Clean technologies and product redesigns can prepare our communities and cities to be more resilient and protect against the impacts of climate change. Whether it’s more complex and high-tech solutions, such as the development of microgrids and battery storage systems for storms, or seemingly simple solutions such as using lighter color material to reduce the impact of heat island effect, the development of cleantech products can help us in many ways. The main question is how can we help develop these new technologies? What are some of the main strategies to spur entrepreneurs, researchers and technology industries to focus on these solutions?
In Los Angeles these questions are currently being addressed, and provide an excellent case study to examine the factors that help expand the development of cleantech industries. Three factors in particular help increase and promote the success of clean technology as we will examine below.
Capital to survive the Valley of Death
Initial investment and capital is the obvious and most important requirement for the success of any startup. Companies need cash to pay employees, test technologies and build prototypes – this is crucial. What makes this particularly pernicious for those in the cleantech field is that technology development, product design can take significant time and resources than most traditional entrepreneurial ventures. Due to complex technology and science of cleantech products, market development and deployment can take months if not years and involve major investments.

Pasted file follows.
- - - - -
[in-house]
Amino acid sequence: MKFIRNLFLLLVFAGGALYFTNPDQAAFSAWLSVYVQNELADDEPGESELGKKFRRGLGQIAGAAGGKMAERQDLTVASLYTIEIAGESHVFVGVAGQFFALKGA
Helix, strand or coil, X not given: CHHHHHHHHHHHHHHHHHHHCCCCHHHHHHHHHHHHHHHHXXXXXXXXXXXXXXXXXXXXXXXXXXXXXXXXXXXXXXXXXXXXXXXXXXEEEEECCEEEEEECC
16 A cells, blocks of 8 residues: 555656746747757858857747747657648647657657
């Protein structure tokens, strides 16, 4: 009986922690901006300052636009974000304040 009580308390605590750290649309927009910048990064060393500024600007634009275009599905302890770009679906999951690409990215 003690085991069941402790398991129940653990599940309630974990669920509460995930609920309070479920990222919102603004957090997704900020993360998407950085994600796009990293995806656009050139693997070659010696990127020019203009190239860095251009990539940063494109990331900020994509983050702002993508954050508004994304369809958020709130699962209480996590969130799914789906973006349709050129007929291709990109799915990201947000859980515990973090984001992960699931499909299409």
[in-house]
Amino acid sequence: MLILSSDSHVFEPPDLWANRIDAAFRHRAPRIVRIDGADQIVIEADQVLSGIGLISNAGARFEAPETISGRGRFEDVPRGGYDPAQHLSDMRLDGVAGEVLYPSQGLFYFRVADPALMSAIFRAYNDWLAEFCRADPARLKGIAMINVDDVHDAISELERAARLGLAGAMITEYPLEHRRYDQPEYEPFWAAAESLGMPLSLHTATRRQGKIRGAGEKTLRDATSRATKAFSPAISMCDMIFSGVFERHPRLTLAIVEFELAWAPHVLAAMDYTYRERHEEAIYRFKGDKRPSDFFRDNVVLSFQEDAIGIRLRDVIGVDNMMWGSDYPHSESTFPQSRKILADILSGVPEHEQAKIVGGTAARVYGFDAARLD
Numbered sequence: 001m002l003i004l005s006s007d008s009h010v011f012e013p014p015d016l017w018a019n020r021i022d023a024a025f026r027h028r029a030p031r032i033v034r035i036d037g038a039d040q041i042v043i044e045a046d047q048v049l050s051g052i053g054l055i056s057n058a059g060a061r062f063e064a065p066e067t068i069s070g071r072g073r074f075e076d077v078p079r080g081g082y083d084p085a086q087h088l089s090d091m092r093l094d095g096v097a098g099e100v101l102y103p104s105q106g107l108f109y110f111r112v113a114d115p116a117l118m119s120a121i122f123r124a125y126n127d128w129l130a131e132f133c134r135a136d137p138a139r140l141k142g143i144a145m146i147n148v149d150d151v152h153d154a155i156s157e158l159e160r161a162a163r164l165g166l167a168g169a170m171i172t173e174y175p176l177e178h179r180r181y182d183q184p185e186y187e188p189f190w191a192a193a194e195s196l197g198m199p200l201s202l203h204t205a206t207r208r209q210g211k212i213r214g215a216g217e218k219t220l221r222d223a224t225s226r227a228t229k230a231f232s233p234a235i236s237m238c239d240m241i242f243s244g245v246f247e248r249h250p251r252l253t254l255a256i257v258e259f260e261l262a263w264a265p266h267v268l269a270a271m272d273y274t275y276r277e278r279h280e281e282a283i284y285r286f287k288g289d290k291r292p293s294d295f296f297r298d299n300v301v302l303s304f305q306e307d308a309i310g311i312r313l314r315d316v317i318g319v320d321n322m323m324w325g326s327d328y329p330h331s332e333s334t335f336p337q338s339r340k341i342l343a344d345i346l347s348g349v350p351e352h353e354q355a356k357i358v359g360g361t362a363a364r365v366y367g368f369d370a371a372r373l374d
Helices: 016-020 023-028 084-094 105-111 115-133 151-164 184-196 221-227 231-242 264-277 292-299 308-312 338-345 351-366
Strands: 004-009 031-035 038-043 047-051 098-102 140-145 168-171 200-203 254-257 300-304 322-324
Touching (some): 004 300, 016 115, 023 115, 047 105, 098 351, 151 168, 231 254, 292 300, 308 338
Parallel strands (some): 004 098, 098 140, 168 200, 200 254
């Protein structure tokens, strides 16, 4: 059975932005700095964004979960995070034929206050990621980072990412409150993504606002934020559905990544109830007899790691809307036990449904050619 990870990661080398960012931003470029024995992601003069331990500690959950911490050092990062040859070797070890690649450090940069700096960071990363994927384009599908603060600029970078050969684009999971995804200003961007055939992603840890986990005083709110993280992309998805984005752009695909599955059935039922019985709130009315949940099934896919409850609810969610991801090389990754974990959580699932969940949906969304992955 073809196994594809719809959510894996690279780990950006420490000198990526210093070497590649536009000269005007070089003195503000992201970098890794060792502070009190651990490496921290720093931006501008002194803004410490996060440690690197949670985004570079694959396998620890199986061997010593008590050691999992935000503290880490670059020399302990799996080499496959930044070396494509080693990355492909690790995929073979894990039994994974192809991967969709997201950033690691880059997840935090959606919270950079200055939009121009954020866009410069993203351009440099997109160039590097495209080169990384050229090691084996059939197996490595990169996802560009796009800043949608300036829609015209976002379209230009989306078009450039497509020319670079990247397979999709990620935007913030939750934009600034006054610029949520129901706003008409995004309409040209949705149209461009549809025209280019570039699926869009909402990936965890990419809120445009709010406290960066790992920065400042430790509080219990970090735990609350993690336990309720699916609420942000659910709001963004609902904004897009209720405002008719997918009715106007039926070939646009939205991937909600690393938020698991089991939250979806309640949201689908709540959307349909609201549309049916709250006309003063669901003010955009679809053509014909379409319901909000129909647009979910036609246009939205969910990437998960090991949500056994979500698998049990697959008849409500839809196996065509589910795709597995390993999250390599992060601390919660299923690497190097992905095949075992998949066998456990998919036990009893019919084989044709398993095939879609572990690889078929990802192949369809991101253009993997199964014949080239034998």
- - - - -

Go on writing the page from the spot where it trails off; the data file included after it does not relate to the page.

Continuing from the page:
The “valley of death” is often used to describe this period where new companies have difficulty covering the early negative cash flow before their product can bring revenue. To survive this so-called desert, companies need capital to help them bridge this gap – whether it’s from loans, bonds, government research grants, and/or venture capital funds, a wide variety of financial structures and mechanisms are needed to help companies to succeed and bridge this gap before profitability. Without upfront investments, cleantech startups will not have the ability to grow and strengthen their products.
Entrepreneur and Cleantech Ecosystems